Tiered membership programmes, which pile on the perks depending on the amount of money committed, are a good way to draw the uninitiated, arts insiders say.
Singapore Symphony Orchestra (SSO) chief executive officer Chng Hak-Peng says: “It’s a way to start them out – these people who have never given to the arts before, but who want to see what it’s about. If they like the experience, they can renew for another year or upgrade.”
The Friends of the SSO programme, which starts with a minimum donation of $75 and goes up to the top tier of $1,000 or more a year, has 780 members. About 10 per cent of them upgrade to a higher tier each year.
Teacher Aileen Tang, a regular concertgoer, signed on at the lowest tier 11/2 years ago and says the priority booking and discounted tickets are the main attractions for her.
The SSO organises exclusive meet-the-artist sessions for its members too, allowing them to mingle with musicians and fans.
Ms Tang, who is in her 30s, adds: “The sense of community is also appealing as one has the opportunity to meet people who are avid classical-music lovers too.”
OTHER WAYS TO HELP
When it comes to spurring cash donations, arts groups also hope the Cultural Matching Fund, in which the Government matches private cash donations dollar for dollar, will be here to stay.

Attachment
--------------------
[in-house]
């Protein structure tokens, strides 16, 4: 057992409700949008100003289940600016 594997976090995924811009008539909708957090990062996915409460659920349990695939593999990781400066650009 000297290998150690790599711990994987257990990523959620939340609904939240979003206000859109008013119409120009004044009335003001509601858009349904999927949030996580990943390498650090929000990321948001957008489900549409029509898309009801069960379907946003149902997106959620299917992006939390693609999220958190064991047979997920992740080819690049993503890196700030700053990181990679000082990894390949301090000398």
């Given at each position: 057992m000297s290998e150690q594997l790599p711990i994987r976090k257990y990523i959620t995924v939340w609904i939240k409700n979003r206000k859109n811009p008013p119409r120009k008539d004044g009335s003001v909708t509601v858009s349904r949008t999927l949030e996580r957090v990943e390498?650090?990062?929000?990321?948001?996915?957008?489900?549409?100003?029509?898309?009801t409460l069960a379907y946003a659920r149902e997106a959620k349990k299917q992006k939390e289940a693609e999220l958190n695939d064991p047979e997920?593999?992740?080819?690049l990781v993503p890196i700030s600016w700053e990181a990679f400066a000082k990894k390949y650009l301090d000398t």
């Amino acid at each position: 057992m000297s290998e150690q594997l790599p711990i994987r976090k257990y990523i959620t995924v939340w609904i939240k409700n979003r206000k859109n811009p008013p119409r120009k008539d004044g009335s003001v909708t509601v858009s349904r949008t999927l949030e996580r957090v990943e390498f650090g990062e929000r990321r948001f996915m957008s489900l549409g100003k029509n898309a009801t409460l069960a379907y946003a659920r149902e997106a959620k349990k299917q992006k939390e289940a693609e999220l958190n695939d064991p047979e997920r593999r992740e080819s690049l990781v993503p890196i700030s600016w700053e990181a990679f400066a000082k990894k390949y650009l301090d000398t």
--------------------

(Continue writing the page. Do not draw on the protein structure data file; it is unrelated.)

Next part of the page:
Tax-deductible donations to the arts and heritage sector last year nearly doubled the amount in the previous year – reaching $55.2 million, following the launch of the $200-million fund in late 2013.
Since the first application window opened in May last year, there have been four application cycles with almost half of the $200 million used up. The number of applicants has been increasing and the fund also motivates groups here to professionalise their fundraising efforts, says the arts council’s Ms Yeoh.
On the fund, SSO’s Mr Chng says: “It lessens the burden of gifting and it inspires donors because it makes them feel that their contribution, no matter how small, has weight. The Government matching their contribution to the arts, dollar for dollar, sends the right signal – that the arts is important.”
But some hope to see tweaks. Dream Academy, Mr Pok points out, is not eligible for the fund, which is open only to charities and institutions of public character in the arts and heritage sector.